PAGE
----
Making a splash

Features - Design/Build

Don't be afraid of waterscapes - the right designs and sales strategies get the job done.

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October 21, 2010
Phil Sarros

Big or small, with waterfalls or fountains, pond-ed or pondless, water features make people feel better – and using that angle makes them easier to sell. In the wake of our housing market crash, I’ve seen a renewed commitment among many homeowners to stay in their property for the foreseeable future. This leads to a decision to invest in their homes by creating outdoor living spaces that are pleasing to look at, fun for the family and offer a retreat from the routines of everyday life.

This is the opportunity for you to offer a unique outdoor space using waterscape features to create a natural, serene environment while adding incredible value and profit to your company.


Selling a Feeling
Ponds, waterfalls and decorative water features have been around since nearly the beginning of civilization. People gravitate to these features because they link the beauty of stone, plants and the sound of running water to pleasure, stillness and tranquility.

There are people who spend years in therapy trying to capture these same feelings. I would suggest a return to nature can be a simple, more immediate way to restore a positive, happier demeanor. No, I’m not a psychologist. I’m a landscape contractor. But when I sell a project on how it will make a homeowner feel versus anything else, my close ratio goes up. That is something I can track and measure.


Importance of Design
The term “water feature” refers to anything from a bird bath to a large, multi-tier waterfall. The most common water features include containers, raised or sunken ponds, pondless, bog, fountain, wall fountain and waterfall. Most designs will build off these basic concepts and grow to incorporate a nearly limitless selection of vegetation, aquatic life, lighting and more. A waterscape takes into account the entire project, including adjacent seating, lawn or entertainment areas.

Your design is a sales tool and an opportunity to demonstrate your unique talent of blending the beauty, sounds and nature with the best selection of landscape materials. The goal is to help clients visualize themselves enjoying this new retreat and create the emotional connection needed to earn their business and eliminate the competition.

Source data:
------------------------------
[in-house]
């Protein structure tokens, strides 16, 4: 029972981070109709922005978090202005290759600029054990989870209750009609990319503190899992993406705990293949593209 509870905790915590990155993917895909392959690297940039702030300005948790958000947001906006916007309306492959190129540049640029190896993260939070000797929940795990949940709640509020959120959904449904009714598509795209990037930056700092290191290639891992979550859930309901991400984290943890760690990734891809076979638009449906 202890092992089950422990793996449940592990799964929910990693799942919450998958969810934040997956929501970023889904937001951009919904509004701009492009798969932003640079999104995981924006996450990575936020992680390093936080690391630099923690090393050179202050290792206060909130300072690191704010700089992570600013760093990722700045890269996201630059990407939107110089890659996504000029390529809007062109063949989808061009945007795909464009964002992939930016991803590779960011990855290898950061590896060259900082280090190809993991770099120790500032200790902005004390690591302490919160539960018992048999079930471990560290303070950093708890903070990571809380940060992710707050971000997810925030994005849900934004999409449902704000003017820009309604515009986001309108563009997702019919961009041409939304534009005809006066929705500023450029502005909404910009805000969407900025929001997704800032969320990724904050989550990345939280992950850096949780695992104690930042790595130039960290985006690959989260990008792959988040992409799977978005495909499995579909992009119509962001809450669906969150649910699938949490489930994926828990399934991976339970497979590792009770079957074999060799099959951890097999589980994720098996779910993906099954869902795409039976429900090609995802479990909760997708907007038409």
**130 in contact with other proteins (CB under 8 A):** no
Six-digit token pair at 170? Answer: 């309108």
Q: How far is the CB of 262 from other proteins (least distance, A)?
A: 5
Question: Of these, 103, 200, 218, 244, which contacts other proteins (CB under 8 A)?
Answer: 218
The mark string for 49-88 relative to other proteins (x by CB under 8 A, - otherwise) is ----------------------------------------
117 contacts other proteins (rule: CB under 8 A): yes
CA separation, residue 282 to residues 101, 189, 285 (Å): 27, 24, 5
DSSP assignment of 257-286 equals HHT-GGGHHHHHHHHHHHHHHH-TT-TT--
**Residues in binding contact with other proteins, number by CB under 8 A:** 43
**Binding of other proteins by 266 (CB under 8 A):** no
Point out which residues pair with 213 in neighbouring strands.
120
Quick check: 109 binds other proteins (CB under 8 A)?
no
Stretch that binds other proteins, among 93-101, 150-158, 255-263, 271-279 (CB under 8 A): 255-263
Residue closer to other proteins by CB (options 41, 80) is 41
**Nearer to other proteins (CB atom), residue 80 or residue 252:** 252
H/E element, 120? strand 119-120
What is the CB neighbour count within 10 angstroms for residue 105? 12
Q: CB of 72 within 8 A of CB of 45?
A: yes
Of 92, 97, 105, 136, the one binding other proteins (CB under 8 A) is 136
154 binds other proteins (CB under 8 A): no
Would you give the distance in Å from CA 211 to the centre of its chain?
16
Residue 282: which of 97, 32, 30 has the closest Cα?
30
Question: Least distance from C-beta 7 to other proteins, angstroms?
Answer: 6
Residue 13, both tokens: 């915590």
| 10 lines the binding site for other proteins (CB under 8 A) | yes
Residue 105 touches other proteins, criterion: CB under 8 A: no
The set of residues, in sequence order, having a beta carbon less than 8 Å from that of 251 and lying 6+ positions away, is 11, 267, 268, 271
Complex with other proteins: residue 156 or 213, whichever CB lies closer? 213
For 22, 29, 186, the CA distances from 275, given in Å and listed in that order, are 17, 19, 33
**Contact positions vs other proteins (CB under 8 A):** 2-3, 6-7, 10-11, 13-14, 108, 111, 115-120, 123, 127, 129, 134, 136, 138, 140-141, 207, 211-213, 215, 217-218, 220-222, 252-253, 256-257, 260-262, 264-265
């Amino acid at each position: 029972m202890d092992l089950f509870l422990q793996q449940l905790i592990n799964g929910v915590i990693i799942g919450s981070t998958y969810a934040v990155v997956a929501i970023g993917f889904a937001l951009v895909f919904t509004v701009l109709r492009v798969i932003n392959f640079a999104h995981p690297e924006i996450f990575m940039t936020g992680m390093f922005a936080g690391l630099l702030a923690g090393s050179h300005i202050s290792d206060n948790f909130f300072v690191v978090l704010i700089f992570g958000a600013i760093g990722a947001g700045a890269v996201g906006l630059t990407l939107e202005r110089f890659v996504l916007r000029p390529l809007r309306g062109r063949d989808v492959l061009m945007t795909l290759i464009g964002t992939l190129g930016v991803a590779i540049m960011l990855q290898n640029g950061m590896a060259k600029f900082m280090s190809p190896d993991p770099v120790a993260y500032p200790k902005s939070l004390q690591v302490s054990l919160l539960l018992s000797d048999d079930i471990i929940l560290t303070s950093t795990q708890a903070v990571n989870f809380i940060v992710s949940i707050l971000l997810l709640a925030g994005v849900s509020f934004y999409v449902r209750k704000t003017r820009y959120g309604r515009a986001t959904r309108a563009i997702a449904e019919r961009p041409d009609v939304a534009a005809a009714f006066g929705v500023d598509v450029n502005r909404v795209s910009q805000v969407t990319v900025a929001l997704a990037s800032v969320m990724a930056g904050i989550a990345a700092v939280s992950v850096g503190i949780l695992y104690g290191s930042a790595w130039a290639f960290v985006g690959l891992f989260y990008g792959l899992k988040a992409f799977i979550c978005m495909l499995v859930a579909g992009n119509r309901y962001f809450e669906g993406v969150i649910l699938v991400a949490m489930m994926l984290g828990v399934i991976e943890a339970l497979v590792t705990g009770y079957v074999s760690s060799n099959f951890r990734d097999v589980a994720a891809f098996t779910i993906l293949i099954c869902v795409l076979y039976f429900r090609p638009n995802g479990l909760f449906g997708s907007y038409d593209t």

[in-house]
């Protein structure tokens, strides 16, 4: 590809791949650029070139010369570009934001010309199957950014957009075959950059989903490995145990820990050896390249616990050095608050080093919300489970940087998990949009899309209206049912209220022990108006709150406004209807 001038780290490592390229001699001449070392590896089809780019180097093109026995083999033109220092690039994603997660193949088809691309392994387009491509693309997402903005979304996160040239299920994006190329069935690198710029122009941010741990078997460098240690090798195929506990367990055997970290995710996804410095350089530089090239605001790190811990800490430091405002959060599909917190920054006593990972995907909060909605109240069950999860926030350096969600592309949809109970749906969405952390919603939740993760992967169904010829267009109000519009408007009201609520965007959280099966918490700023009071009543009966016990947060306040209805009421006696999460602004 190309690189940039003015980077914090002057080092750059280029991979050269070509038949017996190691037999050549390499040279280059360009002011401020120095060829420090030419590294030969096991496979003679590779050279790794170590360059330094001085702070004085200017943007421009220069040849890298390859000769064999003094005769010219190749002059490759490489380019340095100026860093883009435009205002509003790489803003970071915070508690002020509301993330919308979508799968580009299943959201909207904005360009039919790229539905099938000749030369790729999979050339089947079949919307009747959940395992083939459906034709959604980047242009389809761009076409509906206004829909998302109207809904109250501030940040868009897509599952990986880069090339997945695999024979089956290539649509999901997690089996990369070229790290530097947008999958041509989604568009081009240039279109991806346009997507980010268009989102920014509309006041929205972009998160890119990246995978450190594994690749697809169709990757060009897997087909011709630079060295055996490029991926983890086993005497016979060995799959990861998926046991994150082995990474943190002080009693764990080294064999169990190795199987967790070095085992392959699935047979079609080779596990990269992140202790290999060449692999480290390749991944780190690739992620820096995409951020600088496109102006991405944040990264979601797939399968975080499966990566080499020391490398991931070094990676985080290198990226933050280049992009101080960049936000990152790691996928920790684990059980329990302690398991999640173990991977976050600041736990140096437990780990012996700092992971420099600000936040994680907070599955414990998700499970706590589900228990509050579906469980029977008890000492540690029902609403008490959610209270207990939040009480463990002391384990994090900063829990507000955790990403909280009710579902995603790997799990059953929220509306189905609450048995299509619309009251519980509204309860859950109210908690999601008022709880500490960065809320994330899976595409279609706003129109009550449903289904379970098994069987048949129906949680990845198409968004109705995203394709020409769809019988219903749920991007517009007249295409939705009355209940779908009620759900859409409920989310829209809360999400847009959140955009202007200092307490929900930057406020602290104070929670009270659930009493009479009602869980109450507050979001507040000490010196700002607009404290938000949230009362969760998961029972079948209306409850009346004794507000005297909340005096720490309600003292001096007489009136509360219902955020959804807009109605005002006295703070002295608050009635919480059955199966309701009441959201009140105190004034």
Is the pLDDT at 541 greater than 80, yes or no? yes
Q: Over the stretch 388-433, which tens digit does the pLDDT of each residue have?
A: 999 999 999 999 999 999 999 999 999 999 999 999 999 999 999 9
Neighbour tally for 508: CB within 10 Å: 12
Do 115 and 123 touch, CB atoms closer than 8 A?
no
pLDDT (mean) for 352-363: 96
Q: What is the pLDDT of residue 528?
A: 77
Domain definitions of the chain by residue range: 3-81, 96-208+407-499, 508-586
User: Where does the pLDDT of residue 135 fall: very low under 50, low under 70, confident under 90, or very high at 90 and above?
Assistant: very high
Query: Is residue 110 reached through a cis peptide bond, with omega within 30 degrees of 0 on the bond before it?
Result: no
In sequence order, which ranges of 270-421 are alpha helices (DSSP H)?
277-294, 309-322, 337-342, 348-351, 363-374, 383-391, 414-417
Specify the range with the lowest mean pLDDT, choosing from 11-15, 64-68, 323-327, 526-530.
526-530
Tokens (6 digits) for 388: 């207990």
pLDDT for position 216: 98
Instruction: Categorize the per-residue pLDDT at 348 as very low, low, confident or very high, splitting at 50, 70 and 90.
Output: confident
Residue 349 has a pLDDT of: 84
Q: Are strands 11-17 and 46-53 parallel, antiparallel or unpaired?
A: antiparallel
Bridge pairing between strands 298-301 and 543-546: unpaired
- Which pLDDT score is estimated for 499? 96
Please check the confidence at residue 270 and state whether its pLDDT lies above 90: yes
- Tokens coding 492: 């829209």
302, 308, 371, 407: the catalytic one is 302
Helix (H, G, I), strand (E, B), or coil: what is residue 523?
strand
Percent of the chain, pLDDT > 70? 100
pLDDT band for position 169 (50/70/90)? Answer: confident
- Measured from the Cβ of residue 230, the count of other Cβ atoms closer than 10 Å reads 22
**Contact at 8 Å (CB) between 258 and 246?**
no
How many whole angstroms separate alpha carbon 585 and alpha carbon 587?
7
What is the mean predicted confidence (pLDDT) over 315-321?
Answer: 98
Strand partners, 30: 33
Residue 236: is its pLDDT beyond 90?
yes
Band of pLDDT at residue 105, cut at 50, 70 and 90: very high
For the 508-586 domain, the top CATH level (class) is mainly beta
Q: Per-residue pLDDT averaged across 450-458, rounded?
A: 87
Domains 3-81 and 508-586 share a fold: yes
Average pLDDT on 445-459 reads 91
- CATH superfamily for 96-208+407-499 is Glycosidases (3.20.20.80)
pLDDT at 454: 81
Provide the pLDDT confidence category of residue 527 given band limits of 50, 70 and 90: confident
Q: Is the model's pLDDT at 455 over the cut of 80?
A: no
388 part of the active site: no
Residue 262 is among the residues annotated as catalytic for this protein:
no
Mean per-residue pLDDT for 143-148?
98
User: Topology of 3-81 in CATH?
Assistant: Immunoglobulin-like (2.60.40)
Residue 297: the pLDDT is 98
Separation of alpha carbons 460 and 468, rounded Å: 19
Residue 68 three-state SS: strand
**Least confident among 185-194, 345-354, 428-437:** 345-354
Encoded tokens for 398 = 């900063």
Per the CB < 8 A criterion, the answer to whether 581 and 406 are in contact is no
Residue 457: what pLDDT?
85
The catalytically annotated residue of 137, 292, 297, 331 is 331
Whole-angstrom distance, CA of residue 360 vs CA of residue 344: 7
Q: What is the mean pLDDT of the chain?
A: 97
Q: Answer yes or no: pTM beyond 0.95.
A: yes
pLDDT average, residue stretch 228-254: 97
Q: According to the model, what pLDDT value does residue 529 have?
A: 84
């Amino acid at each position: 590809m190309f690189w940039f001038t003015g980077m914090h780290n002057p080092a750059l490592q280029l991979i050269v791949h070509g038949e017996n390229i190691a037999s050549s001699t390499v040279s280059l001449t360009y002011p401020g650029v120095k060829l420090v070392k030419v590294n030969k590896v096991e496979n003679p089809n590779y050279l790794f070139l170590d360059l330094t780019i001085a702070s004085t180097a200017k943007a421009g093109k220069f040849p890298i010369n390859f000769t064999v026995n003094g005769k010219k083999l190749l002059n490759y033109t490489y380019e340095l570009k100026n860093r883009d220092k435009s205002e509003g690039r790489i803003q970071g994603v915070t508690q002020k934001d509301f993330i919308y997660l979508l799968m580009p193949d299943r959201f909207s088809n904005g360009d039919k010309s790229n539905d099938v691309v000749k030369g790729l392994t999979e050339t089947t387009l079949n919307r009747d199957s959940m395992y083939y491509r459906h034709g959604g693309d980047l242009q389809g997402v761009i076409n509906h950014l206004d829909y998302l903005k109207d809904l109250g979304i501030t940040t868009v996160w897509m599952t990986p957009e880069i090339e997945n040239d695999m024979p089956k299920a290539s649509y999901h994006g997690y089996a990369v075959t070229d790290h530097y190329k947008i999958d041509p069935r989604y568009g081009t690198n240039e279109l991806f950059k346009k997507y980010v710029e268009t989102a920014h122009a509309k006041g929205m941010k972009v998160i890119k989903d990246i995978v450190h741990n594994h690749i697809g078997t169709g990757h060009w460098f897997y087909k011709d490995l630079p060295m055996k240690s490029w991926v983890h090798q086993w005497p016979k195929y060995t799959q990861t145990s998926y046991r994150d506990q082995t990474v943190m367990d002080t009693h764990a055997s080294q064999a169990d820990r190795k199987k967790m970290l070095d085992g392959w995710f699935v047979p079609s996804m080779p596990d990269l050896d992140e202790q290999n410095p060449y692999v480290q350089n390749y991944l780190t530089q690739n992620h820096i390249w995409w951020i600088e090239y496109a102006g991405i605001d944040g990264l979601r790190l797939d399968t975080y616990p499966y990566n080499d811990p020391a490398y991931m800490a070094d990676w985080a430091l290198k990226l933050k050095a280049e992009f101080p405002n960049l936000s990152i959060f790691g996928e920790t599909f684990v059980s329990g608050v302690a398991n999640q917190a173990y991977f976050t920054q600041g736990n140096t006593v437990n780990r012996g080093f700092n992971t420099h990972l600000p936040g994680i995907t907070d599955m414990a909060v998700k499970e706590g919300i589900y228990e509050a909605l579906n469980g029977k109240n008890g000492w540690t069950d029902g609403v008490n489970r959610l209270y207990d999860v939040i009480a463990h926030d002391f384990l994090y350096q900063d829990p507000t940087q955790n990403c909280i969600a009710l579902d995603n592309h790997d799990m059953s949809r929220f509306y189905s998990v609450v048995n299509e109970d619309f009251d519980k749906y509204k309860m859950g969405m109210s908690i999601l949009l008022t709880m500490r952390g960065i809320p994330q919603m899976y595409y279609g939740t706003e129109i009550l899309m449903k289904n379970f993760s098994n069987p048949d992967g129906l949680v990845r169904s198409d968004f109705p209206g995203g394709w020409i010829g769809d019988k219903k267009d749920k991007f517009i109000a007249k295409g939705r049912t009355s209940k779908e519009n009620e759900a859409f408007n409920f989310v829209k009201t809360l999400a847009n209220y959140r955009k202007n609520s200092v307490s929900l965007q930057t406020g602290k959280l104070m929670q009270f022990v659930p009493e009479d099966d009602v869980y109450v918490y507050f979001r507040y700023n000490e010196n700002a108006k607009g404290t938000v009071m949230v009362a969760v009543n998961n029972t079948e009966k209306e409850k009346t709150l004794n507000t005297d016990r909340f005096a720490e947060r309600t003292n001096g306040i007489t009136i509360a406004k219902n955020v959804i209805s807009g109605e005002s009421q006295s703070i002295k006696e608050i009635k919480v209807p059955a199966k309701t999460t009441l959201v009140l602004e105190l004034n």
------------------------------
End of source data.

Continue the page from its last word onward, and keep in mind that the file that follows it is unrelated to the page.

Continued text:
A small natural stone patio or nearby brick pathway would offer an inviting place for a bench or seating area where they can read a book or sip a glass of wine. Maybe a nearby hammock with a bamboo backdrop would give the family a place to retreat on a warm afternoon.

For the couple that entertains, an outdoor dining patio and kitchen would allow guests to gather near the comfort of a waterfall or fountain wall.


Do Your Homework
Like several of the services we offer at Sarros Landscaping, waterscapes grew from the demand of our client base. When several clients asked me if I could provide this service, I was not going to ignore the knock of opportunity. 

 I sifted through the expanse of knowledge available through online forums, local and online suppliers and national organizations. I found incredible value in seeking out pond supply stores, equipment manufacturers and other companies. Nearly every local pond supply store offers pond construction classes to help you learn.

The construction process proved to be much easier than I imagined. I’m not implying that a contractor should just jump into a large project after attending one pond building class. But starting with a small pond or water feature will give you the necessary confidence to build up to larger and more complex designs.